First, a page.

About Hot Spots on Dogs

By Justine Depalma
Missing fur? Red, oozing sores? If your dog is licking his skin until his fur falls out and a red, irritated area appears, it is probably because of a hot spot.


Hot spots can be caused by insect bites, parasites, allergies or even boredom. Some dogs with separation anxiety--an intense fear of being left alone that is often evidenced by destructive behavior--lick for no physical reason, causing a hot spot. Also known as acute dermatitis, hot spots are usually seen in dogs with long fur or dense undercoats and plague dogs in the summer. Hot spots can be cured or controlled through holistic or conventional veterinary medicine.


To treat a hot spot, gently remove fur from the area, using scissors. Clean the area with soapy water and rinse well. Dab the area with a cotton ball drenched in witch hazel. Use the witch hazel at least four times a day until the hot spot is resolved. Other home remedies that soothe hot spot irritations include a mixture of baking soda and water until it is a paste which is applied to the skin. Apple cider vinegar dabbed on the area seems to help also.

Time Frame

If the hot spot persists for more than a few days, the dog should visit a veterinarian for diagnosis and treatment. The veterinarian may treat the affected area with a topical steroid cream or even give a steroid injection to stop the itching. Some dogs may need a special collar called an E-Collar to prevent licking. If the hot spot is still bothersome after a week, the vet may need to run tests to identify the irritant or any bacteria causing the problem.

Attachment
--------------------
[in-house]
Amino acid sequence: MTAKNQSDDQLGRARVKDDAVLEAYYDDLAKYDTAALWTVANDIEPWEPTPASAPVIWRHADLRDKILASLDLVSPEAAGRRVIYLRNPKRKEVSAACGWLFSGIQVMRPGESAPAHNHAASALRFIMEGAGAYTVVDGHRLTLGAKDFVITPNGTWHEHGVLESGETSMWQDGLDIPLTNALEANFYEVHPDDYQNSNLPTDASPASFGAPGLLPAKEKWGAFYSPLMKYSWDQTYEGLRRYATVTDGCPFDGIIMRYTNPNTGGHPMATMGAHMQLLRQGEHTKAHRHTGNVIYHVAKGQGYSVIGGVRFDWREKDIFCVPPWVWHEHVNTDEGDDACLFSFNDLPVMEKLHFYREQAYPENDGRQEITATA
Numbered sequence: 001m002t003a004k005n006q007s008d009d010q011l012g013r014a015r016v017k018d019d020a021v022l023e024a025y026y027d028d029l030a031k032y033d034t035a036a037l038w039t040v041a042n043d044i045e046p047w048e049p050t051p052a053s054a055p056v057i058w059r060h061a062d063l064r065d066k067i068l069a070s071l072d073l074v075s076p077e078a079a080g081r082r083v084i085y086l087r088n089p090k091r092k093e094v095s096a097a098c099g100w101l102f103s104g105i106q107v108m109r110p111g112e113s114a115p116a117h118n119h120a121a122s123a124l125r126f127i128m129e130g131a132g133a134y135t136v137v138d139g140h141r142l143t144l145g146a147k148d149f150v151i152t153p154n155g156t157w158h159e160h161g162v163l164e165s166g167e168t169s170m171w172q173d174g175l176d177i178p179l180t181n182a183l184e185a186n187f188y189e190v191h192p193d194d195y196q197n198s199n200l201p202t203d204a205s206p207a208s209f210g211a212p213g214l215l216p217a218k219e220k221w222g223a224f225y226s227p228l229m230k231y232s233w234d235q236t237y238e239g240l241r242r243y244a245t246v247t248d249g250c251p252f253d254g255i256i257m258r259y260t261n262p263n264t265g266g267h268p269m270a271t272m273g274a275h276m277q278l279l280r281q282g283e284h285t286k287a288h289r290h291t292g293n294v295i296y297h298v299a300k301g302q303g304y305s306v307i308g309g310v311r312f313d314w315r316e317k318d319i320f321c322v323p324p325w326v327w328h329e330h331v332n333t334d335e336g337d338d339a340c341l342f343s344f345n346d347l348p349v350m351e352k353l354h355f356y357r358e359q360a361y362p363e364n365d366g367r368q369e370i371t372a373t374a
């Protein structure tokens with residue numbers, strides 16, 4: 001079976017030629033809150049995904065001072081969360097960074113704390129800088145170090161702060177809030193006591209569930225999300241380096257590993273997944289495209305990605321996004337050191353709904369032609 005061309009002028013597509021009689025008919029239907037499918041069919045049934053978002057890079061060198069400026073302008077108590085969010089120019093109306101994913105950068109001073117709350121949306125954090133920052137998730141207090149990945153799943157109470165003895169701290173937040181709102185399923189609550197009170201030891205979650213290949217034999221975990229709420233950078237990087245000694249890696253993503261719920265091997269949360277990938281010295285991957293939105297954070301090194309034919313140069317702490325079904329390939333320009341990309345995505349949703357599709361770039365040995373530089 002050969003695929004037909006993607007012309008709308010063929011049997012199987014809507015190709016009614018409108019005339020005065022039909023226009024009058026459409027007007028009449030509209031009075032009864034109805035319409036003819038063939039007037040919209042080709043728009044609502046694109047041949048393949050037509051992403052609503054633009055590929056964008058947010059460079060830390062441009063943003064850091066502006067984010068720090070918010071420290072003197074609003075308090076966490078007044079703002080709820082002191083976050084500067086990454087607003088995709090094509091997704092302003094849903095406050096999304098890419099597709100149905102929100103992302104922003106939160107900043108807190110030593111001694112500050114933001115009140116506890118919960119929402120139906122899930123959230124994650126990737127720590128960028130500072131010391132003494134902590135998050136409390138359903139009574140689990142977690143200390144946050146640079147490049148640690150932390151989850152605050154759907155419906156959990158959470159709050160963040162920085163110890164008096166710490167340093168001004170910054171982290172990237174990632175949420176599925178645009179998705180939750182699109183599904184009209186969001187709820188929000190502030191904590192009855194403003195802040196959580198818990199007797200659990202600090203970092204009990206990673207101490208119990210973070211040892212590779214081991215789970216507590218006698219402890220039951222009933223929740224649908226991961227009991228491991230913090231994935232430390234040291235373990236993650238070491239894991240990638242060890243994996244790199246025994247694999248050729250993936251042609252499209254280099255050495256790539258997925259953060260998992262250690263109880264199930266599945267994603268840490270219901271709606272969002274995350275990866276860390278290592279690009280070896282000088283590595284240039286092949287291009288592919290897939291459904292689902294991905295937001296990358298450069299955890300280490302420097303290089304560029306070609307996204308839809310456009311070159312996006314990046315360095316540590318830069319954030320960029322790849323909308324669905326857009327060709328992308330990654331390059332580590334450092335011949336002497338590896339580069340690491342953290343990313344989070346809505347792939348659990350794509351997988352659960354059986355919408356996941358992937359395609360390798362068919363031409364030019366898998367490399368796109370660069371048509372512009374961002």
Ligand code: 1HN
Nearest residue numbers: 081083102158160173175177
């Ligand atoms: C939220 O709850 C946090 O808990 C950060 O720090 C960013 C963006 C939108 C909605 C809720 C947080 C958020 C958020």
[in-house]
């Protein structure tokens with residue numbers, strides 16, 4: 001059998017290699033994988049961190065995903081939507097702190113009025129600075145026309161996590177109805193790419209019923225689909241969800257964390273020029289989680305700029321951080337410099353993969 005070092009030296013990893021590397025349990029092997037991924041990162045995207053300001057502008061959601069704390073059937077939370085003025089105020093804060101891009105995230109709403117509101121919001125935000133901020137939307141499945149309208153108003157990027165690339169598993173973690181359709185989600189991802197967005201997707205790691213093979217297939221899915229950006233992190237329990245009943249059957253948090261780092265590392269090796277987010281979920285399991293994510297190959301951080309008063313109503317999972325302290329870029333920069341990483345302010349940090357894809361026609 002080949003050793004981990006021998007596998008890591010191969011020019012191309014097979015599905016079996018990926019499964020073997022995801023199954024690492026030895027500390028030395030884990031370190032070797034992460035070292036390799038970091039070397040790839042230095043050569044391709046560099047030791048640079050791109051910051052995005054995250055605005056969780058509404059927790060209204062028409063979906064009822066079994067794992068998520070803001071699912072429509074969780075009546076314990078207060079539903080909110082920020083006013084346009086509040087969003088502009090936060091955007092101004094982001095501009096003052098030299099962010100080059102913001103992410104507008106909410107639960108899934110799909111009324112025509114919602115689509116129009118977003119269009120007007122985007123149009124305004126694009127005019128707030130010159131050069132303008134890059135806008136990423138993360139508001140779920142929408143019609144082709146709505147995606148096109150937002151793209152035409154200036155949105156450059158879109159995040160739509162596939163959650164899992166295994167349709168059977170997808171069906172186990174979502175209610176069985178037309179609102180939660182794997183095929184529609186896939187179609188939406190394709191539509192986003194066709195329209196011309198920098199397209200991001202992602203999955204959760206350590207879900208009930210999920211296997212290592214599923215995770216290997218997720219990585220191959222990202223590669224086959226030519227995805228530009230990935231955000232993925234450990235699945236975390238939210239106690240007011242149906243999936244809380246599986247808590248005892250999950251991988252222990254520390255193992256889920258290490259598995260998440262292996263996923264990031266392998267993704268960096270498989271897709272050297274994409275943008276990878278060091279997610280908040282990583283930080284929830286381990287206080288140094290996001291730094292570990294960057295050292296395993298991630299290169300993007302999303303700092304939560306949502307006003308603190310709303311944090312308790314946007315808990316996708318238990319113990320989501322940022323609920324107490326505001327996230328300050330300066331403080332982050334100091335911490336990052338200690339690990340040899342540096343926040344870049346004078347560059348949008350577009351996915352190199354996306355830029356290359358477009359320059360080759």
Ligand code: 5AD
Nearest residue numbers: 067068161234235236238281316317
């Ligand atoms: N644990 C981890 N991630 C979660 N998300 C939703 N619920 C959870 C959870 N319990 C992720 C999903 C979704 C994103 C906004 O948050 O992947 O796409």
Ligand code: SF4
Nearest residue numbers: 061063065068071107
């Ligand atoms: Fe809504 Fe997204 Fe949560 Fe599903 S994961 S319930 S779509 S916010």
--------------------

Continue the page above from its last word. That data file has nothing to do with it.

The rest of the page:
Allergies to flea bites are a common cause of hot spots so flea prevention is important. There are topical medications that kill fleas for 30 days, including Advantage and Frontline. Too frequent bathing can cause skin irritation, so speak with a groomer or a veterinarian to determine how often your dog should be bathed. Frequent brushing can prevent hot spots by removing dander and other allergens from the coat and skin.


Check with a veterinarian before using any substance on a dog's skin. If the dog is licking the area, he will ingest whatever you put on his skin.

Immediate veterinary attention is necessary if the hot spot appears infected.
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